Health scare has given Nelly Korda a fresh outlook on golf ahead of Women's PGA Championship

·4-min read
Health scare has given Nelly Korda a fresh outlook on golf ahead of Women's PGA Championship
Health scare has given Nelly Korda a fresh outlook on golf ahead of Women's PGA Championship

THERE'S been so much written about money in the professional game recently, you could probably rip the golf page out of the newspaper, take it to your nearest bank and get it cashed.

Amid the on-going hoopla of the LIV Golf Series and its astronomical finances, you may have forgotten that it’s another major championship week. Over at the Congressional Club in Maryland, the KPMG Women’s PGA Championship gets underway today with something of a spring in its step.

In another sizeable boost for the female game, organisers and sponsors announced that the prize fund would be doubled to $9million. Following similarly significant increases in the purses of the US Women’s Open, the AIG Women’s Open, the Chevron Championship and the Amundi Evian Championship, all five women’s majors are now wallowing in the kind of riches that Warren Buffet used to bathe in.

The financial times they are a-changing for the good ladies. Things have changed a bit too for Nelly Korda since she won her first major title in this very championship 12 months ago.

The 23-year-old would go on to add an Olympic gold to her bounty while rising to No 1 in the world during an all-conquering spell which saw her become the poster girl for women’s golf.

In March of this year, after an injury-induced lay-off, the daughter of major-winning tennis player Petr was finally diagnosed with a blood clot in her left arm and retreated from the frontline for a further two months.

Like a military paratrooper being dropped back into action, however, Korda hit the ground running and finished tied eighth on her return in the US Women’s Open at the start of June before losing in a play-off during the defence of her Meijer LPGA Classic title last weekend. It’s been quite the comeback.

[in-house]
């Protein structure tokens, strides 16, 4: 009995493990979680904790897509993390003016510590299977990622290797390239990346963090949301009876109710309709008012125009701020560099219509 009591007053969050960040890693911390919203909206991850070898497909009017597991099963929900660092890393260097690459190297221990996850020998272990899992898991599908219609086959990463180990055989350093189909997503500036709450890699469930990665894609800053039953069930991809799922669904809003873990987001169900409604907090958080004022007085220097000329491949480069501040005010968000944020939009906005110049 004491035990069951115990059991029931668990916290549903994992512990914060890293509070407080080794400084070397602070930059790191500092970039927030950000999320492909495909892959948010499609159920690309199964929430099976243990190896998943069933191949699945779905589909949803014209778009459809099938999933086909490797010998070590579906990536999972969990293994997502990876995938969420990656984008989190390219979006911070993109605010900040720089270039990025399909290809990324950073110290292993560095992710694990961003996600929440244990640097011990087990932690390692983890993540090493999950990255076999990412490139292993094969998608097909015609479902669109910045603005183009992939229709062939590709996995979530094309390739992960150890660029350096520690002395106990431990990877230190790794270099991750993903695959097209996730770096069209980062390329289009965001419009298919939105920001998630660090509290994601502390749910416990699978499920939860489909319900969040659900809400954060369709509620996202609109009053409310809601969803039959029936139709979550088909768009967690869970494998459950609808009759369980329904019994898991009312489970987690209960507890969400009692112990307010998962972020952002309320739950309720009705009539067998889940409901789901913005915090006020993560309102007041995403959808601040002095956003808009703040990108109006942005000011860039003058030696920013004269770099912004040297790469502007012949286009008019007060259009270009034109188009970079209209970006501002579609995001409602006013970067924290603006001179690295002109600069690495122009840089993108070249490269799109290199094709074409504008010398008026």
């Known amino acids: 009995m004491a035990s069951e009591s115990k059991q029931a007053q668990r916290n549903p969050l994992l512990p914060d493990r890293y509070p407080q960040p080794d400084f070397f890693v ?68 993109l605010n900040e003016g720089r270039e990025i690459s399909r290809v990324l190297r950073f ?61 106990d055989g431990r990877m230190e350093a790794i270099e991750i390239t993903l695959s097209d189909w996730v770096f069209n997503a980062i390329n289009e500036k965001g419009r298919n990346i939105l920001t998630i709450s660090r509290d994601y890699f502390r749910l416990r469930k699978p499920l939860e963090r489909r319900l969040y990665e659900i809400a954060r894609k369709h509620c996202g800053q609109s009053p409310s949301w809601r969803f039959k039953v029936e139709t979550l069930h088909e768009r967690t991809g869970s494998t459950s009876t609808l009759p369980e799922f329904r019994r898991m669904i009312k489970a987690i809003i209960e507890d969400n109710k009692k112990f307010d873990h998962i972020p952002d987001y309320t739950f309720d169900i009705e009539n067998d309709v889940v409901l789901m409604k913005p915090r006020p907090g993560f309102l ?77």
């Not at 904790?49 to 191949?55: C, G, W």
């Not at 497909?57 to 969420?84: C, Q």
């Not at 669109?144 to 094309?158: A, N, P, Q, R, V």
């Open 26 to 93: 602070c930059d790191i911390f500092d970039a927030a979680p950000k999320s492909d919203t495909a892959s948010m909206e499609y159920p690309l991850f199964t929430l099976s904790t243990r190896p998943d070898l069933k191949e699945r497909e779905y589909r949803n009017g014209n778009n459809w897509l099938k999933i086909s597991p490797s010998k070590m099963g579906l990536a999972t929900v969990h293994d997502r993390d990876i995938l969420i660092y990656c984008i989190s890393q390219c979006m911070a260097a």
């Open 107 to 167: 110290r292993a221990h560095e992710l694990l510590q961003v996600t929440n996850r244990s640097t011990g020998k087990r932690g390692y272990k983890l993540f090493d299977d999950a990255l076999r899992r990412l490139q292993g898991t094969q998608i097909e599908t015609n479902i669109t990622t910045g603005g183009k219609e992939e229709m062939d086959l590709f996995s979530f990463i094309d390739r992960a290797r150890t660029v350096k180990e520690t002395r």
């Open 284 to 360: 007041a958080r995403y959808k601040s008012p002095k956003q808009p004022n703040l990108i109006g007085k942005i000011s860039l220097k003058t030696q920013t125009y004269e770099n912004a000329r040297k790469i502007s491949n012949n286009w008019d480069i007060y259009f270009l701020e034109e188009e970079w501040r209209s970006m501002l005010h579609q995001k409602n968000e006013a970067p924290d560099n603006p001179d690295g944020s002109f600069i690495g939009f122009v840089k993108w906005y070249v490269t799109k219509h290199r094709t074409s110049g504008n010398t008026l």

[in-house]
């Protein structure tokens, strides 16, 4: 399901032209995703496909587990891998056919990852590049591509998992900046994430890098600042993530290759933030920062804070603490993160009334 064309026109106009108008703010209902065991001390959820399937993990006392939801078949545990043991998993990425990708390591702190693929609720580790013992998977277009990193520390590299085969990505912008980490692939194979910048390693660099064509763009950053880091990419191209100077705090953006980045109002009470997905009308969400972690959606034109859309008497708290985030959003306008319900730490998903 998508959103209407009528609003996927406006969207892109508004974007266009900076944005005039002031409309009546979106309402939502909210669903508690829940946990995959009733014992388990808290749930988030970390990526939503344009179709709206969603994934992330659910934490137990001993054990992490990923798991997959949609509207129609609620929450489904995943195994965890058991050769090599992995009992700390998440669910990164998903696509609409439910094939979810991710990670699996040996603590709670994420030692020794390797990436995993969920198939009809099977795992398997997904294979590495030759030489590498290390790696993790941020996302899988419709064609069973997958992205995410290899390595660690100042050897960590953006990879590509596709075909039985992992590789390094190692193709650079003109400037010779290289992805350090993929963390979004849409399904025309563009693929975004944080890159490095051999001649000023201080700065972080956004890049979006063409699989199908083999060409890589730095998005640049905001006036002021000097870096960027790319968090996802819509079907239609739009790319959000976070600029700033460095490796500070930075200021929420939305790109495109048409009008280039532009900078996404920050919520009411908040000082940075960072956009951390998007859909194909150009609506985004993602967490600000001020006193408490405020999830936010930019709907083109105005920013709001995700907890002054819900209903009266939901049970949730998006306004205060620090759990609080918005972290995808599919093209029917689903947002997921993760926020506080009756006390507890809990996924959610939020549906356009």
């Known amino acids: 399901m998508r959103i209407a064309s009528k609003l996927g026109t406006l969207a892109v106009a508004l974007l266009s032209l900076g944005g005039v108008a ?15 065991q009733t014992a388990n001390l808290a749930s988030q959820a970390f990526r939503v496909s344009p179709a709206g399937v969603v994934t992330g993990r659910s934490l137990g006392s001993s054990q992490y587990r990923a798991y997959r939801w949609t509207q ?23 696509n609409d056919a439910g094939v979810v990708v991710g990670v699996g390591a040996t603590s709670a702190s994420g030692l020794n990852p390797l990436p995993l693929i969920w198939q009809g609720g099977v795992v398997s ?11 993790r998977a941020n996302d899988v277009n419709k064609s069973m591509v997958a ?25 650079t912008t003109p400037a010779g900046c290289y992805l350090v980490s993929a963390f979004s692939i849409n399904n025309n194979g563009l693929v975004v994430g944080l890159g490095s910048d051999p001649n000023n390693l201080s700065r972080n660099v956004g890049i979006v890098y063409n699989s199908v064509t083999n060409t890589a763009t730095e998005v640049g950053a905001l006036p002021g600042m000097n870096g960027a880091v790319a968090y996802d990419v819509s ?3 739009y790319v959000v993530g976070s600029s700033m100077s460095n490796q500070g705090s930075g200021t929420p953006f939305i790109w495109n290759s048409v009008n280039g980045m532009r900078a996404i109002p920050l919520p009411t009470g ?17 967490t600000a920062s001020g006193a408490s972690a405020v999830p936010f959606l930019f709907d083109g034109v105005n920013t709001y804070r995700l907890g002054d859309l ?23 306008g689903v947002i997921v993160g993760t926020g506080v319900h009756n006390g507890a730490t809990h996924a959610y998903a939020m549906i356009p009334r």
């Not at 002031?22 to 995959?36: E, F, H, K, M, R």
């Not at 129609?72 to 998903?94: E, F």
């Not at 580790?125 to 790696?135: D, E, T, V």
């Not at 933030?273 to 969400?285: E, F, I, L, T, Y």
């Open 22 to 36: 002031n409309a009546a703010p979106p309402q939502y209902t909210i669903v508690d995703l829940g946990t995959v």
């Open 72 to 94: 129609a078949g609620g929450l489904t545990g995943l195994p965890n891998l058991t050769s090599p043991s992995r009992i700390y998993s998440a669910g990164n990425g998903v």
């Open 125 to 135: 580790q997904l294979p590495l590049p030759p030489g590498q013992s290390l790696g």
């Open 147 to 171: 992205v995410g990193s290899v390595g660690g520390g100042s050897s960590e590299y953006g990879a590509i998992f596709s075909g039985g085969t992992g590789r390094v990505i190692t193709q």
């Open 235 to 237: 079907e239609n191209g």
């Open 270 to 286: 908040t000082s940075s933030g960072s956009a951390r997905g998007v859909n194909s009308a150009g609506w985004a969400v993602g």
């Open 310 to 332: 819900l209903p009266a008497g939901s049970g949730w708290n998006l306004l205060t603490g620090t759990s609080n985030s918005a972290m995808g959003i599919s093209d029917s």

“Ever since I started hitting (balls) again, it's just been kind of full throttle,” said Korda of her eagerness to make up for lost time. “I have not taken more than two or three days off since then.

"I'm just happy to be out here playing competitive golf. I gave myself a chance last week. If you told me that when I was lying in the ER, I would have definitely been very happy."

Given all the vast, in-depth medical detail the golf scribblers have had to document in relation to Tiger Woods down the seasons, the intricacies of Korda’s surgery on her subclavian vein were nowt new. We could probably write a scholarly thesis in The Lancet with all our acquired knowledge about golfing aches, pains, ailments and afflictions.

The health scare, meanwhile, has given Korda a fresh outlook on a game that can easily tease and torment. “I’m definitely putting a lot more time into my body …or being what my parents say is a little more professional,” she said with a chuckle. “But I think life is about perspective. When you look at it (golf) a different way, you enjoy it, you have a lot more respect for the game and you're a lot more humble about it too. I think that goes a long way in golf.

“It’s about the attitude that you have on the course. The less you get ticked off, the less things go wrong. Since I've been back, I've tried to enjoy every second of it. I think that's contributed to my good play.”

Back at the tournament where she first rose into the shimmering pantheon of a major champion, Korda has a lot to reflect on from the past year. “The 2021 Women’s PGA feels like forever ago,” she said of an eventful 12 months that has featured a mix of giddy, title-winning elation and physical concerns.

"But I don't think I've changed a bunch in the past year. I think I've just become a little bit more consistent and confident that I can win a major championship.

“Over the last year, I've learned my way around the major championship week. I try not to put too much pressure on myself because a lot of people emphasise major championship weeks so much.

“Maybe they put a little too much pressure on themselves when, at the end of the day, you're playing with the same girls pretty much every single week. I think the people who play the best, enjoy themselves the most on the course.”

There’s maybe a golfing lesson in there for all of us?

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